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Teens still value price and quality over ethics, finds Mediacom research

Study shows teens are becoming increasingly more careful about the products they buy

The majority of teens are ethically conscious in their buying habits, according to research from Mediacom. But they will still choose brands they perceive to have "quality and value" first.

These findings come from the media ageny's Connected Kids report, which surveyed 1,201 eight to 19 year olds in the UK. It was conducted by Real World Insight (RWI), Medicom's research division, earlier this year.

The report found that over half of teenagers (54%) aged 16 to 19 have either deliberately purchased or stopped using a brand because of its ethics while 63% of those aged over 16 are more likely to buy a brand if it supports a cause or charity important to them.

According to Josh Krichefski, chief executive officer of Mediacom, increased online exposure to brand news stories “mean teenagers are more in tune with brand behaviour than ever before."

However, the report highlights that while younger generations are increasingly aware of the ethics of the brands they buy, they are yet to put such sentiment into practice.

When teens were asked what factors were most important when purchasing a brand, good quality products (81%) and value for money (80%) came out top.

Although ethics is still a secondary factor, it shouldn't deter brands from considering it within its marketing strategy.

"Brand purpose alone isn't enough to guarantee a purchase," Krichefski said but added that it can be "a key differentiator" when it comes to teens deciding where to buy their products.

He pointed to Lush as one example of a company that does this well, providing premium products made from ethically-sourced vegetarian ingredients.

He also singled out Burberry, which recently came under fire for burning millions of pounds’ worth of bags and clothes to "protect its brand”. under mounting pressure, it today (6 September) committed to cease this practice.

"To address the growing ethical movement, purpose should not just be part of the brand’s marketing strategy but rather the lifeblood that runs through any business, otherwise people will rightly remain suspicious," Krichefski said.

Knowing where companies stand on issues

The research was published amid several brands making headlines for advertising that constrained an 'ethical' message.

Nike used its brand as a platform to take a political stance in the latest push for its 'Just Do It' campaign, which ran with a striking image of NFL player Colin Kaepernick and the slogan: 'Believe in something. Even if it means sacrificing everything.'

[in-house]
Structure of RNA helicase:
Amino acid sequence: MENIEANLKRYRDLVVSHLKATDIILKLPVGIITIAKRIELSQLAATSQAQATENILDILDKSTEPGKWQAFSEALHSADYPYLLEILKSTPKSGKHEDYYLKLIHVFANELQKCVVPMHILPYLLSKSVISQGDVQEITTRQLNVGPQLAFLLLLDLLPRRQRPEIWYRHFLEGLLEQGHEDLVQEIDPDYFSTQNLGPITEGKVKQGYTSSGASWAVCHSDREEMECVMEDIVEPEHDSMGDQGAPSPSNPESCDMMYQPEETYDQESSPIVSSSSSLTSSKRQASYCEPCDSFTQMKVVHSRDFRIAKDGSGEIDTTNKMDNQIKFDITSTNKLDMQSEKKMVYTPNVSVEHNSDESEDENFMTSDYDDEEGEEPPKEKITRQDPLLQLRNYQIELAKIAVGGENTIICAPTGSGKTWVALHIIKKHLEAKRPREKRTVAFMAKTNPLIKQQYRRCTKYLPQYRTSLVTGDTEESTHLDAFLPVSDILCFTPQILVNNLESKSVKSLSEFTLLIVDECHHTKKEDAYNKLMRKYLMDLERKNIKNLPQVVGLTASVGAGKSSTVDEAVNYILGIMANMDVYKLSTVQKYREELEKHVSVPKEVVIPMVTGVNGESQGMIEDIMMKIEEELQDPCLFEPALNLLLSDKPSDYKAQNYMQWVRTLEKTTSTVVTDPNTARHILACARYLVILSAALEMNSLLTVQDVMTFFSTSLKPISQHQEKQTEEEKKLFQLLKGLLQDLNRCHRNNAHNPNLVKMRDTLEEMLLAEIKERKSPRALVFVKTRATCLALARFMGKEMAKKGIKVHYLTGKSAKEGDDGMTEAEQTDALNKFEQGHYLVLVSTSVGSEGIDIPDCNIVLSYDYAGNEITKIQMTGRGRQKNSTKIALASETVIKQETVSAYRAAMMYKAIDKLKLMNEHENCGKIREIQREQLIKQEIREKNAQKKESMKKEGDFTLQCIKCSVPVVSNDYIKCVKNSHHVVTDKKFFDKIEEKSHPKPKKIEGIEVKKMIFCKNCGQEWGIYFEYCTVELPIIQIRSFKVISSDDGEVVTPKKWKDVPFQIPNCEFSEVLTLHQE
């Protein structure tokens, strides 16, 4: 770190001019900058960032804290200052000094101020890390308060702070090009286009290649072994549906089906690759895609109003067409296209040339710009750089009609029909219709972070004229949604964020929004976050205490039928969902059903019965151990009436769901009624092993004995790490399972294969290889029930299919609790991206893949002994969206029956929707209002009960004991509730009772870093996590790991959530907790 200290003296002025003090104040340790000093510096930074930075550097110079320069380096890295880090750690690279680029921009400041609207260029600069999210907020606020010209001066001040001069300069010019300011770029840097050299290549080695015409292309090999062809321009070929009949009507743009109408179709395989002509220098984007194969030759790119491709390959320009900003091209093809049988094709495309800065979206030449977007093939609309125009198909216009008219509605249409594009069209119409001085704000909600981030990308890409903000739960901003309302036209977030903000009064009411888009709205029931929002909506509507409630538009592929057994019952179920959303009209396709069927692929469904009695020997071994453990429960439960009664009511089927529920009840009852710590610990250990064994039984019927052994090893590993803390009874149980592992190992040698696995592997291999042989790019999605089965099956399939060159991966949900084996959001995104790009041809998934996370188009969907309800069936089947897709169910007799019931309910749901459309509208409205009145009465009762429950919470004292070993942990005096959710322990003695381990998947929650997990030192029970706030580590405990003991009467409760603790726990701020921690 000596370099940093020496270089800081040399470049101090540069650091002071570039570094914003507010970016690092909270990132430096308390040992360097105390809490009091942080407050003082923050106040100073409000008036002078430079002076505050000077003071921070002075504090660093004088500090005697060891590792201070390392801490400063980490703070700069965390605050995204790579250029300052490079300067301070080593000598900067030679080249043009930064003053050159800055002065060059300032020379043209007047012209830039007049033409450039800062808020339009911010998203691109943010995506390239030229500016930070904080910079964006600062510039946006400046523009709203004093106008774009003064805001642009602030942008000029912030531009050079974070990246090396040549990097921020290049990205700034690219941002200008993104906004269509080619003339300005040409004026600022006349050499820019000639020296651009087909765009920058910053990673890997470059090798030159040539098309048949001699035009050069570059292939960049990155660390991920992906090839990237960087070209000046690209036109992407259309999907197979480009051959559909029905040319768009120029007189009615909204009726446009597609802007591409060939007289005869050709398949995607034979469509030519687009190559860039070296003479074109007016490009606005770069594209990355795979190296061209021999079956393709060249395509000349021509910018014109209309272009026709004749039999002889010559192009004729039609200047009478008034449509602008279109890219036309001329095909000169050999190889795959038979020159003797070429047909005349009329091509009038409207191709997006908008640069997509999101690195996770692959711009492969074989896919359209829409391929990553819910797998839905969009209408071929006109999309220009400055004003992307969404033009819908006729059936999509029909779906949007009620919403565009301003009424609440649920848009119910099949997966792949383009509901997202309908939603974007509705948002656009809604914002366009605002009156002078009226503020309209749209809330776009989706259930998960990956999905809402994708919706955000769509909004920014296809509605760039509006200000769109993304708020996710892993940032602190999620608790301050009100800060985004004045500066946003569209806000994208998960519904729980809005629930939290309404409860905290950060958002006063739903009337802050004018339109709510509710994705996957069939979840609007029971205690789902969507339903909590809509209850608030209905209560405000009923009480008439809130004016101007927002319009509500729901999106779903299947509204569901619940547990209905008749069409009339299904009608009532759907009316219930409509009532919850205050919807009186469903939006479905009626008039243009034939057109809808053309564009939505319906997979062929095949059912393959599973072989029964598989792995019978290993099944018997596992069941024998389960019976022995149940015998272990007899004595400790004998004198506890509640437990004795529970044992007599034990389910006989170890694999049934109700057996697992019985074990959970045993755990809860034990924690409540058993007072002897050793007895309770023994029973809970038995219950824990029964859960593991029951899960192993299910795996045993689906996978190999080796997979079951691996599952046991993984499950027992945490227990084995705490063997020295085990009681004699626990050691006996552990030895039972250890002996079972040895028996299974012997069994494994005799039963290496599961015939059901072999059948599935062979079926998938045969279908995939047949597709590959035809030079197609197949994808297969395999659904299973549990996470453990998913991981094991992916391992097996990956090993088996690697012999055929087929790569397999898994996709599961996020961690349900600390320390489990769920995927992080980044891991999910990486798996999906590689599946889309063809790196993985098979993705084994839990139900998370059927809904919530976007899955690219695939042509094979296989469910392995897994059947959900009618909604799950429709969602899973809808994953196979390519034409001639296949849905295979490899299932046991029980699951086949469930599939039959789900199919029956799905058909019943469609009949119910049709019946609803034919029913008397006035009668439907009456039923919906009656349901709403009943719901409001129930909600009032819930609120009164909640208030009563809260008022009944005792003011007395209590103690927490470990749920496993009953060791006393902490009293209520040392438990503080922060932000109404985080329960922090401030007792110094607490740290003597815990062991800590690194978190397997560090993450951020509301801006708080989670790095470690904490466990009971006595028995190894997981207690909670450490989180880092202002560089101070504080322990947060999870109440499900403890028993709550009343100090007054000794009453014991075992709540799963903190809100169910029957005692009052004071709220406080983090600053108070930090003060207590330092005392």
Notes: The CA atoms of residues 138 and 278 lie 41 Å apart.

The message was one that Nike hoped would register with this younger generation that are becoming increasingly careful about the products they buy.

Krichefski said that "brands that offer quality and are seen to do good are likely to attract a younger audience."

Meanwhile, Levi Strauss and Co. issued with a three-pronged support for gun control in a renewed advertising campaign.

Chief executive Chip Bergh addressed Levi's unwillingness to stay silent, in regards to a hotly-debated issue that is dividing the nation in half.

“As president and chief executive of a values-driven company. I take the responsibility of speaking up on the important issues of our day very seriously," said Bergh.

Levi's launched a series of initiatives to support organizations and people in favour of gun control. After a year that saw US students lead massive protests across America to demand gun control, this move by Levi will appeal to a younger generation who are becoming more acutely aware of such issues.

Mediacom's research also found that 85% of teens aged 16+ agree that brands should be responsible about minimising their impact on the environment and are increasingly invested in products that are ethically sourced.

Last month saw Will and Jayden Smith launch their Just Water in the UK, after inking a tie-up with Boots and Whole Foods.

“Water is the category that uses the most amount of plastic and could have the biggest impact if you provided an alternative,” the company’s chief executive Ira Laufer said.

And, beyond packaging (the bottles are comprised of 82% renewable resources, made mostly of paper from sustainably-managed forests) the company has sought to improve the economy around bottled water, by reinvesting revenue back into the community.

“The increase in online exposure to brand news stories means teenagers are more in tune with brand behaviour than ever before," surmised Krichefski.

"If you’re a brand in 2018 not concerned with purpose and ethics, you run the risk of not just alienating a whole generation but letting down customers who value ‘good’ more than you do.”

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